Salt tells a story that my people have spent centuries recording. I wear a chapter of its tale on my skin, just as my father did before me and his father before him.


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She brushes the fish with honey and cooks it over cedar chips. The man takes his cup, cradles it to his forehead, and weeps like a child. I turn to find all five strangers on their feet. Two of them have drawn knives. Not made of bone or glass, but of dull iron. He shouts at them in their language, and his garbled demands lend a panicked edge to my confusion. I know the arrangements of my salts by heart.

Second to the top and on the left: gray salt. My fingers shake as they loosen the draw cord. He unwinds the hemp rope from his harpoon. The smooth wooden shaft sits against his bare bicep, flexed and twitching. I hate that behind us the innkeeper is still sobbing and still clinging to his little cup of salt. One of the men breaks from the others. He charges for Petya, and Petya, doing what he knows best, throws his harpoon. The throw drives him back through the moldy straw. It kills him instantly. The others charge over the body of their fallen comrade, expressions tight with a combination of emotions I recognize: fear, anger, desperation.

It was the same look frozen upon the faces of my dead warriors back home. The barb must be hooked on a bone. The first man jumps him. His little knife thrusts between the ribs. Petya gasps but keeps to his feet. The gray salt strikes the floor. With a crack and a sulfuric stink, a plume rolls out across the space, obscuring us all. Someone falls. Another man trips over a bench in the haze. A third man dives after me, but grabs the innkeeper behind me instead. I fall to my knees as the man howls in pain. No response. I scramble about on all fours, searching the floorboards.

Above me, the men are bellowing at one another. Get up, I hiss. I dare not raise my voice. Please get up. He twitches and his pulse thunders against my fingertips. His heart is quickening, and sticky blood coats my hand as I find his mouth. He is dying here, here of all places, in a bed of straw, having accomplished nothing, having saved no one.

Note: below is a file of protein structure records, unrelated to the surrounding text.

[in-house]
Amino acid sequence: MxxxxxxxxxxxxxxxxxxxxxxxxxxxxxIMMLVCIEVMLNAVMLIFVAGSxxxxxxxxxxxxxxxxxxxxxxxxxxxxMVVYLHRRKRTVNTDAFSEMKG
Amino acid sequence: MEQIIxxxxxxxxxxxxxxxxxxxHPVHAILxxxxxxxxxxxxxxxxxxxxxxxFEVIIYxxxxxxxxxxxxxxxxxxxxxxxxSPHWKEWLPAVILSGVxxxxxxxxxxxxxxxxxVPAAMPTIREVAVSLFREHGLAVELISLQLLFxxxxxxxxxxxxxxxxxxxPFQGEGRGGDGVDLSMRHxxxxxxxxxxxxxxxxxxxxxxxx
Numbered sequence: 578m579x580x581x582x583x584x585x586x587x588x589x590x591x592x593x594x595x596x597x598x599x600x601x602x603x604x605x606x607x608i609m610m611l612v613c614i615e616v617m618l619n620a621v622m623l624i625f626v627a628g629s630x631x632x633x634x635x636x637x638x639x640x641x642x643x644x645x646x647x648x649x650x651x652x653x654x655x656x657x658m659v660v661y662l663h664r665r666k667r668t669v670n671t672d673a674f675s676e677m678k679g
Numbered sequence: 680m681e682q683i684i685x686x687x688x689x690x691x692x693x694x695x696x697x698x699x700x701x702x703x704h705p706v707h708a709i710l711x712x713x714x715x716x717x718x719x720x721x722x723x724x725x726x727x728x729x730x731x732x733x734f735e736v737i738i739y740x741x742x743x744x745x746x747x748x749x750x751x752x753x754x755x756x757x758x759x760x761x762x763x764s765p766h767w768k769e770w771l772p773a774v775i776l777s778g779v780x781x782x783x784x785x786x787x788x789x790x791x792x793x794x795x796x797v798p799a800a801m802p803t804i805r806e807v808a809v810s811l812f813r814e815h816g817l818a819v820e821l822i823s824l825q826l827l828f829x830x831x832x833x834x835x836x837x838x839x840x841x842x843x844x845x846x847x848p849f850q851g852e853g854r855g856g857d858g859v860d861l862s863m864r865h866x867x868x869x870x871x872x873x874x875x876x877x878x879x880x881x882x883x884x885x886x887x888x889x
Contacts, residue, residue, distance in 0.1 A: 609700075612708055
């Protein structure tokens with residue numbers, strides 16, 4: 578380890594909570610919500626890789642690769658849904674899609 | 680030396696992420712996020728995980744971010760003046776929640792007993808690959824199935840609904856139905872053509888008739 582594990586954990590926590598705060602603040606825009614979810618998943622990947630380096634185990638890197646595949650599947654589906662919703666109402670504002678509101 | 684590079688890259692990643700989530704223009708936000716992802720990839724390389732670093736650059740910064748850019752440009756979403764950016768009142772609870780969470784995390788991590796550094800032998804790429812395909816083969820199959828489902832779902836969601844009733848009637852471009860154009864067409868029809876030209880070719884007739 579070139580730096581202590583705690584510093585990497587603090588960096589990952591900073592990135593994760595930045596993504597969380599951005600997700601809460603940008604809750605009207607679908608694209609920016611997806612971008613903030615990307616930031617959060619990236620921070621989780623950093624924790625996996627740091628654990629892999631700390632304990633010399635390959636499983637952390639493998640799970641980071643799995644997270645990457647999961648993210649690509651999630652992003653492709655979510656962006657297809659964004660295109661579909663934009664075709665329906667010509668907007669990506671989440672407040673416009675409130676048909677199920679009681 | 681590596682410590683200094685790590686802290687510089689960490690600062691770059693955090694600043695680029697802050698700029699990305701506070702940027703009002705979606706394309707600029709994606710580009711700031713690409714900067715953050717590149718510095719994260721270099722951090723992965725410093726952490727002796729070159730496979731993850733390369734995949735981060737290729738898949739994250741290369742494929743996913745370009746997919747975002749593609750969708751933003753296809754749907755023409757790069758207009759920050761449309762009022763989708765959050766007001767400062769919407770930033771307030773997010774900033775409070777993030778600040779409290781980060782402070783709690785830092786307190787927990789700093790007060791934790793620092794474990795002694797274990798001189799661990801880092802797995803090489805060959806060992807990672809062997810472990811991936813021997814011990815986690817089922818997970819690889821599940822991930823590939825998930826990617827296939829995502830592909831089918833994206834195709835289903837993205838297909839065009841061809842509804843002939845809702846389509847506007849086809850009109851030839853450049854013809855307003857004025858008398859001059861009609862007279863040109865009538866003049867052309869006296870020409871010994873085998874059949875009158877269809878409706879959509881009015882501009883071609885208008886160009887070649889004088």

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I loosen a second pouch—red salt. A couple granules would be enough to light this tiny cabin aflame, but in my panic I take a hearty pinch. The men are regrouping and sweeping the ground trying to locate me. Flames erupt from my fingertips and cut a yellow and orange hole through the gray. My fire finds their faces. It eats at their beards, and their limp, muddy hair burns like candlewicks. These heathen men were Vikings. Of the other twelve 'divine' goddesses. Vor was a goddess from whom nothing could be hidden and watchful Syn was invoked by defendants at trials.

Most of her myths concern attempts by the giants to abduct her. In Teutonic mythology, she was named Frigg. Friday is named after her, Freitag in German and vrijdag in Dutch. He was one of the Vanir gods, who were responsible for wealth, and the brother of Freya. Thor threw a rock at her, and she ran off, howling. It will certainly stay on my shelf. Blood ran. You've chosen the wrong quarry today, you base and loathsome scoundrel. Shame on you for thinking I'd betray the man I love. You know now that I mean what I say: if you don't leave at once, I'll physically boot you out.

Norse mythology is a collection of Scandinavian oral traditions that functioned as a belief system for the Nordic people prior to the introduction of Christianity. Thor represents the inner strength to stand up to monsters. You spawned your fair son on your own sister — so at least you knew what to expect!

Publisher Description

There's nothing Frigg does not know. A blast of icy wind rushed into the hall. These verses constitute the second part of Voluspa. His is very much the fullest version and I have taken it as the basis for my retelling but have introduced a number of details from Voluspa that Snorri did not choose to perpetuate. Rated 4.